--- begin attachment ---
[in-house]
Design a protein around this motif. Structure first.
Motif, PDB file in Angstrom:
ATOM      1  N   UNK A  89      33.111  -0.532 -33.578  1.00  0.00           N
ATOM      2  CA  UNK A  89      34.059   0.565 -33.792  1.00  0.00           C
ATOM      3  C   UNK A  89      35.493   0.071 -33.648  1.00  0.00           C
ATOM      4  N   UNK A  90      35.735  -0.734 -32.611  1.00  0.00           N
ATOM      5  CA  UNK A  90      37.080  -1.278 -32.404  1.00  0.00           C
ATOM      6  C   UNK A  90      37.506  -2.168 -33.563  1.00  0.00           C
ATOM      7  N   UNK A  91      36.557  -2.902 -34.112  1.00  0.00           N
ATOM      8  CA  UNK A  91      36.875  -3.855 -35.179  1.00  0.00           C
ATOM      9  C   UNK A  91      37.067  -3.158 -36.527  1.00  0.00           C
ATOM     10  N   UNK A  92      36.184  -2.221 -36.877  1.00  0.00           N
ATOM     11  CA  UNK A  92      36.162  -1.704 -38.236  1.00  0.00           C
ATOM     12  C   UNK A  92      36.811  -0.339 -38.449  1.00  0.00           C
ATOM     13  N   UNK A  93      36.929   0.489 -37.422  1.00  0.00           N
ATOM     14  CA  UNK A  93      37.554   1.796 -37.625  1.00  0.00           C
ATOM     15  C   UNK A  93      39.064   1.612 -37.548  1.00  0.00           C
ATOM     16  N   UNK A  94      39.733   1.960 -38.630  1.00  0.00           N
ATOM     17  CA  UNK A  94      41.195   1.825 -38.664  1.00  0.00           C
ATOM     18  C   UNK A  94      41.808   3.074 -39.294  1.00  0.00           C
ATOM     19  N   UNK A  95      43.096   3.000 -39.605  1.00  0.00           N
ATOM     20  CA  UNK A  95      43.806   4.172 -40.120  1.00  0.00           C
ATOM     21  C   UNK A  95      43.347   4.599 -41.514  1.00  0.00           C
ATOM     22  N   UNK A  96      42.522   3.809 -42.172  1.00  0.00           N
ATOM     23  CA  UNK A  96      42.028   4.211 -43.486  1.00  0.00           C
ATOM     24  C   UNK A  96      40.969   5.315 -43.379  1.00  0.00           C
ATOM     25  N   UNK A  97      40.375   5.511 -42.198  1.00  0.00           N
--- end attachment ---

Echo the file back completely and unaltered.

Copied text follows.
[in-house]
Design a protein around this motif. Structure first.
Motif, PDB file in Angstrom:
ATOM      1  N   UNK A  89      33.111  -0.532 -33.578  1.00  0.00           N
ATOM      2  CA  UNK A  89      34.059   0.565 -33.792  1.00  0.00           C
ATOM      3  C   UNK A  89      35.493   0.071 -33.648  1.00  0.00           C
ATOM      4  N   UNK A  90      35.735  -0.734 -32.611  1.00  0.00           N
ATOM      5  CA  UNK A  90      37.080  -1.278 -32.404  1.00  0.00           C
ATOM      6  C   UNK A  90      37.506  -2.168 -33.563  1.00  0.00           C
ATOM      7  N   UNK A  91      36.557  -2.902 -34.112  1.00  0.00           N
ATOM      8  CA  UNK A  91      36.875  -3.855 -35.179  1.00  0.00           C
ATOM      9  C   UNK A  91      37.067  -3.158 -36.527  1.00  0.00           C
ATOM     10  N   UNK A  92      36.184  -2.221 -36.877  1.00  0.00           N
ATOM     11  CA  UNK A  92      36.162  -1.704 -38.236  1.00  0.00           C
ATOM     12  C   UNK A  92      36.811  -0.339 -38.449  1.00  0.00           C
ATOM     13  N   UNK A  93      36.929   0.489 -37.422  1.00  0.00           N
ATOM     14  CA  UNK A  93      37.554   1.796 -37.625  1.00  0.00           C
ATOM     15  C   UNK A  93      39.064   1.612 -37.548  1.00  0.00           C
ATOM     16  N   UNK A  94      39.733   1.960 -38.630  1.00  0.00           N
ATOM     17  CA  UNK A  94      41.195   1.825 -38.664  1.00  0.00           C
ATOM     18  C   UNK A  94      41.808   3.074 -39.294  1.00  0.00           C
ATOM     19  N   UNK A  95      43.096   3.000 -39.605  1.00  0.00           N
ATOM     20  CA  UNK A  95      43.806   4.172 -40.120  1.00  0.00           C
ATOM     21  C   UNK A  95      43.347   4.599 -41.514  1.00  0.00           C
ATOM     22  N   UNK A  96      42.522   3.809 -42.172  1.00  0.00           N
ATOM     23  CA  UNK A  96      42.028   4.211 -43.486  1.00  0.00           C
ATOM     24  C   UNK A  96      40.969   5.315 -43.379  1.00  0.00           C
ATOM     25  N   UNK A  97      40.375   5.511 -42.198  1.00  0.00           N